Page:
Jumping back in time, if I ould only add one upgrade to my battle-worn G.I. .45, it would have to be a foolproof set of iron sights, effective in all lighting conditions to include darkness. In fight-mode, durability would take top-billing over precise aiming.

Based on good results with two sight sets on a pair of small S&W polymer pistols (a 9mm Shield and .380 Bodyguard), Id look hard at XD Sights Big Dots for a 1911. The front sight is humongous, but its express design nevertheless affords more precision than one might expect and its also fast. An XS Big Dot Sight set shown here atop an S&W .380 Bodyguard. Although highly visible, they almost look too basic to provide any degree of accuracy. But in reality, they work surprisingly well.

Another route, circling back to Kimber, their Rapide comes factory-equipped with a set of TRUGLO TFX Pro Day/Night Sights. As for the sights themselves, if you log on to TRUGLOs site, you can peruse Truglo’s 1911 offerings. While youre at it, note the slide cuts which are listed as Novak LoMount patterns. Kimber’s full-size .45 ACP Rapide (top) ships with TRUGLO’s TFX Pro Day/Night Sights featuring fiber-optic & Tritium elements. Its smaller 9mm cousin, the 9mm Micro 9 ESV, is sold with Kimber’s low-profile night sights. Sights & Slides

The above is no more than a tiny sampler of the myriad sight possibilities. Nowadays, more 1911s are probably produced with slides machined to accept sights other than those of the original Colt/ Government Model. Rear Sights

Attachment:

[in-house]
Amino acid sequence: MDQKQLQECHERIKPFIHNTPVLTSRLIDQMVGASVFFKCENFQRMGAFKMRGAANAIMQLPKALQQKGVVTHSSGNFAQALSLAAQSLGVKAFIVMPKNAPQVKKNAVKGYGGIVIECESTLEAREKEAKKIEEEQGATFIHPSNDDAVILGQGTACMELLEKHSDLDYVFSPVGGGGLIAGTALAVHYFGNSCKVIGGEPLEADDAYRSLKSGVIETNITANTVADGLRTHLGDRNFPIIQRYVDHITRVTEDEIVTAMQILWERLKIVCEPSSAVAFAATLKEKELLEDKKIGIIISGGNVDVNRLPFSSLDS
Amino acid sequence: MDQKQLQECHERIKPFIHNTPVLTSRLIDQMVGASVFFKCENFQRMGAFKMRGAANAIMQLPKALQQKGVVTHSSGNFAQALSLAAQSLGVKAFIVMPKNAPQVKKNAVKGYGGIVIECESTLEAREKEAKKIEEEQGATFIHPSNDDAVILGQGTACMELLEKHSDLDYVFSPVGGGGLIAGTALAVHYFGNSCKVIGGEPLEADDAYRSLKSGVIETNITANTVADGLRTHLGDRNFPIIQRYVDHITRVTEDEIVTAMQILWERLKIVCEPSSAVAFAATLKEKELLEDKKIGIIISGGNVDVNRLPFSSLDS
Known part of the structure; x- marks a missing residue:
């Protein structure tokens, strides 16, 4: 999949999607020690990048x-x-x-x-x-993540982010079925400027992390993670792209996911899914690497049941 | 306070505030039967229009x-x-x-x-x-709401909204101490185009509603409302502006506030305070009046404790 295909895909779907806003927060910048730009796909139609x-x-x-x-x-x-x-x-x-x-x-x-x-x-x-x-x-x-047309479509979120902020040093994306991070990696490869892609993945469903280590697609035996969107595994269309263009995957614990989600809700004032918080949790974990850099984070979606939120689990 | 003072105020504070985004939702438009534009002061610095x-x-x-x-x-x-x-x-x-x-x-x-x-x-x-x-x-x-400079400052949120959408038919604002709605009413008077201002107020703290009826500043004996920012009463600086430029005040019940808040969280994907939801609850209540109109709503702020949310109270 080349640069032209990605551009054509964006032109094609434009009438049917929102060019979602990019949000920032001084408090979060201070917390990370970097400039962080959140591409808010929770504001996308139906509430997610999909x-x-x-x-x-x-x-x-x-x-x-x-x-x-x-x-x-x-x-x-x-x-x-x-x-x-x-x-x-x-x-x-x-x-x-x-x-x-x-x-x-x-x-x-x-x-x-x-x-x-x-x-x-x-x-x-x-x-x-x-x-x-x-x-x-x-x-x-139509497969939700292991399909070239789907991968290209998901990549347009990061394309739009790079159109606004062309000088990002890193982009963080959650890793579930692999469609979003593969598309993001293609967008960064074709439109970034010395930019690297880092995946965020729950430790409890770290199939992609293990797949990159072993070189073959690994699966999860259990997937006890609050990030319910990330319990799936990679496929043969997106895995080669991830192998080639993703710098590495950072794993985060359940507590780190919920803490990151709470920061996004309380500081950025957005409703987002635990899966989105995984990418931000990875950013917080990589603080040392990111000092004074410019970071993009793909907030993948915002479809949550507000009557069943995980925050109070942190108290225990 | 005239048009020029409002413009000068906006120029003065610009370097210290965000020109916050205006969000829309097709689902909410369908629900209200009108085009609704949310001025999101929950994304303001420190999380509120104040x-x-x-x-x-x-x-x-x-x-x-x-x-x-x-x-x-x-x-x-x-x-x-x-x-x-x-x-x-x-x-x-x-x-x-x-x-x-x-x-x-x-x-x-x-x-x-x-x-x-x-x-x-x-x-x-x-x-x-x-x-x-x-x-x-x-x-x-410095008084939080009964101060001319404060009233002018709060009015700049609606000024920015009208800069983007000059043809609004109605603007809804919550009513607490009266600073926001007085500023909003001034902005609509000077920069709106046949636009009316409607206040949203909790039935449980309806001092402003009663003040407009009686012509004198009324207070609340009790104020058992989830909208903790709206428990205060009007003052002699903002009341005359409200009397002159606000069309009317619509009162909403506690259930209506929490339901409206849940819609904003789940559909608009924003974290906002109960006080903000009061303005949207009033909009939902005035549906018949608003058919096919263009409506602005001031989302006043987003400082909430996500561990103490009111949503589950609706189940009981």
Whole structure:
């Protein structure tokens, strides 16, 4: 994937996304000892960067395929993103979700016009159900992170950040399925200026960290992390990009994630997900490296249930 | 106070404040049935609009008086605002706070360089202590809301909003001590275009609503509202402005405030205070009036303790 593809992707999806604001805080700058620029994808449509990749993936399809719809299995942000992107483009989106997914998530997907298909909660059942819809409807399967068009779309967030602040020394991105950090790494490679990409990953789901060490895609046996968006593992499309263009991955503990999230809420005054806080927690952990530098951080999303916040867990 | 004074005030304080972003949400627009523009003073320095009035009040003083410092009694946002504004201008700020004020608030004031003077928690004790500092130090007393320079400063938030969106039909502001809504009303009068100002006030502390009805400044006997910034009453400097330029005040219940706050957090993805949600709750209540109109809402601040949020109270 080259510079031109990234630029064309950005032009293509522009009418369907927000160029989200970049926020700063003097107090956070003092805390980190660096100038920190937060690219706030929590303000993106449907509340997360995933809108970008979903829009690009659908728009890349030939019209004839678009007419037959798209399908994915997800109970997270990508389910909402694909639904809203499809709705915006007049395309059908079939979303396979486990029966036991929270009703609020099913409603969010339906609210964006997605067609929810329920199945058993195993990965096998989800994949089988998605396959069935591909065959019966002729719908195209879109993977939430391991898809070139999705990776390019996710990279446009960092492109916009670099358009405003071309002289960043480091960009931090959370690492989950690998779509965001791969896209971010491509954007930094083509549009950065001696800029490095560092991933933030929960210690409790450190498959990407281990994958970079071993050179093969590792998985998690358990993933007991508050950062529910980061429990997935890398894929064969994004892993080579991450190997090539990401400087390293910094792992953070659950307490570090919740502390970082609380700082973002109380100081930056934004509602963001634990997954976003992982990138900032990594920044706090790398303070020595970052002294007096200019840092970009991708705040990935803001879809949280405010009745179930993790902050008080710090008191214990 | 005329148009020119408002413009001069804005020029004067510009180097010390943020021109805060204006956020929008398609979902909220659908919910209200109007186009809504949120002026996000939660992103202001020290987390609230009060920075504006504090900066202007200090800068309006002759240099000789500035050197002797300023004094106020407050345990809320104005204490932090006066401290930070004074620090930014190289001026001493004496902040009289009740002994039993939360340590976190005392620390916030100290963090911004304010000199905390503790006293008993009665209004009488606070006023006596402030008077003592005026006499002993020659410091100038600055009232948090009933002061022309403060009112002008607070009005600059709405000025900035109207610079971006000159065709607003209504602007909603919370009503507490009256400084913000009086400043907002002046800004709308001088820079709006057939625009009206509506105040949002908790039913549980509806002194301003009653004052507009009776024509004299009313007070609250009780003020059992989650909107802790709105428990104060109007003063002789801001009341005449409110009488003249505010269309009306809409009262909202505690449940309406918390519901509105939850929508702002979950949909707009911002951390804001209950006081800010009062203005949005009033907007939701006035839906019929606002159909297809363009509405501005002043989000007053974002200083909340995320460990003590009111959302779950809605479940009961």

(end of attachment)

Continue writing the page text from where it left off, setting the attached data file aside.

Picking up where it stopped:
Todays more common 1911 slide cuts correspond with the following sights:

Novak LoMount Introduced by Novak Designs in 1985, these streamlined low profile rear sights quickly caught on for defensive use, to the point where they became factory-issue for a number of pistol manufacturers. The line has since expanded to include versions for standard G.I. slides, as well as adjustable Novak models. See the variety of Novak sights.

As originally conceived by Novak, the sloping rear sight can sit low in a slide because it nests in a proprietary cut. But it wasnt the first designed for use in an altered slide. The Novak rear sight (L) is a night-sight version equipped with Tritium inserts that glow 24/7. Elevation is fixed but windage adjustments can be made after loosening the sight’s central setscrew. The fully adjustable BoMar (R) has softened blade corners but it’s really more of a target sight.

Elliason For many years the 1911 has been brought to a fine level of accuracy through careful fitting of its barrel, bushing, slide and frame, etc. Better sights were part of the package so, when Colt introduced a factory Gold Cup National Match version, it was sold with an adjustable rear sight. Recessed into its slide via a proprietary longitudinal slot, several iterations progressed to include a 1965 Eliasson design secured with a somewhat fragile cross-pin.

BoMar BMCS The emergence of the BoMar design provided a stronger low-mounted alternative to the Gold Cups sights. Although BoMar is no longer in business, fortunately for us, the design continues to thrive. Its offered by several manufacturers, using a unique inset crosswise slide cut. Commonly seen atop serious competition 1911s, its also adaptable to defensive roles through the use of melted sight blades featuring Tritium inserts. A closeup view of a Bo-Mar sight. The serrated windage and elevation screws provide precise clicks permitting regulated adjustments. It sits low on the slide thanks to its unique “dovetail” pattern. Sometimes referred to as a “BoMar”, the firm is no longer in business, but a number of other manufacturers now produce it.

LPA TRT Similar to the BoMar pattern, the elevation screw is located differently, another proprietary design.

The takeaway: Particularly when upgrading to todays great rear sight options, much like MRDS footprints, there is no universal size. But, thanks to the Internet, the necessary information is only a click away. Front Sights